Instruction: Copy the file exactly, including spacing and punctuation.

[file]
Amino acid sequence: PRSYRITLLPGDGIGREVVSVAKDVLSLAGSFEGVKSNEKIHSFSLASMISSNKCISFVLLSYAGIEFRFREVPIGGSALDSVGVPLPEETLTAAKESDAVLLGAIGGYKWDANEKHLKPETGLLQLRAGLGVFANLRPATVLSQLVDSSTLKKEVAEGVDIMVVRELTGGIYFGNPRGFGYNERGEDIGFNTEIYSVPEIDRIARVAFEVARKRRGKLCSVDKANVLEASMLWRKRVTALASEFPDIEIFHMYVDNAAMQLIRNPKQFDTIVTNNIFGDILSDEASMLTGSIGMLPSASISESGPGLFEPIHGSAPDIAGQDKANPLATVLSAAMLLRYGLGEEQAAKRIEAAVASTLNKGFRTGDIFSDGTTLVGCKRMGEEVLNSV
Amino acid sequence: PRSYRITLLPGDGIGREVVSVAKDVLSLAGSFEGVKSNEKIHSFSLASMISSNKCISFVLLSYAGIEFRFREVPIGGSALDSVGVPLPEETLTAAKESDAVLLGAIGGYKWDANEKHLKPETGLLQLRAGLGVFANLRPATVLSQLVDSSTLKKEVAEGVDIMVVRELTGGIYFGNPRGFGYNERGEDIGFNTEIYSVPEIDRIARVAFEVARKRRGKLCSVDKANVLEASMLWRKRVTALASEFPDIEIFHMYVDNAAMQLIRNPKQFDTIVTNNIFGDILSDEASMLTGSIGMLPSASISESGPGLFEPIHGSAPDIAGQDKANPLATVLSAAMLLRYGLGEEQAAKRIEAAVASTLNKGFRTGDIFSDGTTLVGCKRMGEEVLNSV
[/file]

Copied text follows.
Amino acid sequence: PRSYRITLLPGDGIGREVVSVAKDVLSLAGSFEGVKSNEKIHSFSLASMISSNKCISFVLLSYAGIEFRFREVPIGGSALDSVGVPLPEETLTAAKESDAVLLGAIGGYKWDANEKHLKPETGLLQLRAGLGVFANLRPATVLSQLVDSSTLKKEVAEGVDIMVVRELTGGIYFGNPRGFGYNERGEDIGFNTEIYSVPEIDRIARVAFEVARKRRGKLCSVDKANVLEASMLWRKRVTALASEFPDIEIFHMYVDNAAMQLIRNPKQFDTIVTNNIFGDILSDEASMLTGSIGMLPSASISESGPGLFEPIHGSAPDIAGQDKANPLATVLSAAMLLRYGLGEEQAAKRIEAAVASTLNKGFRTGDIFSDGTTLVGCKRMGEEVLNSV
Amino acid sequence: PRSYRITLLPGDGIGREVVSVAKDVLSLAGSFEGVKSNEKIHSFSLASMISSNKCISFVLLSYAGIEFRFREVPIGGSALDSVGVPLPEETLTAAKESDAVLLGAIGGYKWDANEKHLKPETGLLQLRAGLGVFANLRPATVLSQLVDSSTLKKEVAEGVDIMVVRELTGGIYFGNPRGFGYNERGEDIGFNTEIYSVPEIDRIARVAFEVARKRRGKLCSVDKANVLEASMLWRKRVTALASEFPDIEIFHMYVDNAAMQLIRNPKQFDTIVTNNIFGDILSDEASMLTGSIGMLPSASISESGPGLFEPIHGSAPDIAGQDKANPLATVLSAAMLLRYGLGEEQAAKRIEAAVASTLNKGFRTGDIFSDGTTLVGCKRMGEEVLNSV